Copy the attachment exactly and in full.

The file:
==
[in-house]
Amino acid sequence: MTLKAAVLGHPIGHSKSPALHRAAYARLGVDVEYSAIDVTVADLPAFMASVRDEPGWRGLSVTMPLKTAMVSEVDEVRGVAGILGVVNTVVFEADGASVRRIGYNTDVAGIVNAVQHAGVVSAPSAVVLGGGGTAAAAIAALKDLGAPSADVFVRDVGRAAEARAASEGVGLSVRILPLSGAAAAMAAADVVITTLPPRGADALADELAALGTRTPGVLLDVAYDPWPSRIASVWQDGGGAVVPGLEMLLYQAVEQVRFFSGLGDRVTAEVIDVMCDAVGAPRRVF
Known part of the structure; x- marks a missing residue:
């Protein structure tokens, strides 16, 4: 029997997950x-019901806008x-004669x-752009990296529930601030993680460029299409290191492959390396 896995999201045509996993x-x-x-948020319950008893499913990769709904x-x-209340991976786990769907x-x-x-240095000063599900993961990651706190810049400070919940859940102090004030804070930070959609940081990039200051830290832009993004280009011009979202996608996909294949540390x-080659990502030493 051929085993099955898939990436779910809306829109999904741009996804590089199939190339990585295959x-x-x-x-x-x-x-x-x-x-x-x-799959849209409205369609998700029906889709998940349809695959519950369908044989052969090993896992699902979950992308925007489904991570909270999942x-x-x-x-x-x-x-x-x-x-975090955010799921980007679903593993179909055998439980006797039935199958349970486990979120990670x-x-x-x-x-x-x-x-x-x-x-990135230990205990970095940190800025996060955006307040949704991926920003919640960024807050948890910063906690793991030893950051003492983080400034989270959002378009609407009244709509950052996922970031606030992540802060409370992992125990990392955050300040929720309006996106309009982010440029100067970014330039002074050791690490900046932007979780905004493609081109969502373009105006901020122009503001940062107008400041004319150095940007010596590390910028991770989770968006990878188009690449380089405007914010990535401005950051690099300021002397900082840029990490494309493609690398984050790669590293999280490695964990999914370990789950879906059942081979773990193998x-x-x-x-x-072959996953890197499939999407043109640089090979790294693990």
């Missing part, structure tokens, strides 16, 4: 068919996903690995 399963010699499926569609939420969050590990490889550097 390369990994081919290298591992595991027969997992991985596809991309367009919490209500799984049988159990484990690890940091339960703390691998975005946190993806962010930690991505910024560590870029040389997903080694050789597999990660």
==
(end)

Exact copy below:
[in-house]
Amino acid sequence: MTLKAAVLGHPIGHSKSPALHRAAYARLGVDVEYSAIDVTVADLPAFMASVRDEPGWRGLSVTMPLKTAMVSEVDEVRGVAGILGVVNTVVFEADGASVRRIGYNTDVAGIVNAVQHAGVVSAPSAVVLGGGGTAAAAIAALKDLGAPSADVFVRDVGRAAEARAASEGVGLSVRILPLSGAAAAMAAADVVITTLPPRGADALADELAALGTRTPGVLLDVAYDPWPSRIASVWQDGGGAVVPGLEMLLYQAVEQVRFFSGLGDRVTAEVIDVMCDAVGAPRRVF
Known part of the structure; x- marks a missing residue:
């Protein structure tokens, strides 16, 4: 029997997950x-019901806008x-004669x-752009990296529930601030993680460029299409290191492959390396 896995999201045509996993x-x-x-948020319950008893499913990769709904x-x-209340991976786990769907x-x-x-240095000063599900993961990651706190810049400070919940859940102090004030804070930070959609940081990039200051830290832009993004280009011009979202996608996909294949540390x-080659990502030493 051929085993099955898939990436779910809306829109999904741009996804590089199939190339990585295959x-x-x-x-x-x-x-x-x-x-x-x-799959849209409205369609998700029906889709998940349809695959519950369908044989052969090993896992699902979950992308925007489904991570909270999942x-x-x-x-x-x-x-x-x-x-975090955010799921980007679903593993179909055998439980006797039935199958349970486990979120990670x-x-x-x-x-x-x-x-x-x-x-990135230990205990970095940190800025996060955006307040949704991926920003919640960024807050948890910063906690793991030893950051003492983080400034989270959002378009609407009244709509950052996922970031606030992540802060409370992992125990990392955050300040929720309006996106309009982010440029100067970014330039002074050791690490900046932007979780905004493609081109969502373009105006901020122009503001940062107008400041004319150095940007010596590390910028991770989770968006990878188009690449380089405007914010990535401005950051690099300021002397900082840029990490494309493609690398984050790669590293999280490695964990999914370990789950879906059942081979773990193998x-x-x-x-x-072959996953890197499939999407043109640089090979790294693990």
């Missing part, structure tokens, strides 16, 4: 068919996903690995 399963010699499926569609939420969050590990490889550097 390369990994081919290298591992595991027969997992991985596809991309367009919490209500799984049988159990484990690890940091339960703390691998975005946190993806962010930690991505910024560590870029040389997903080694050789597999990660």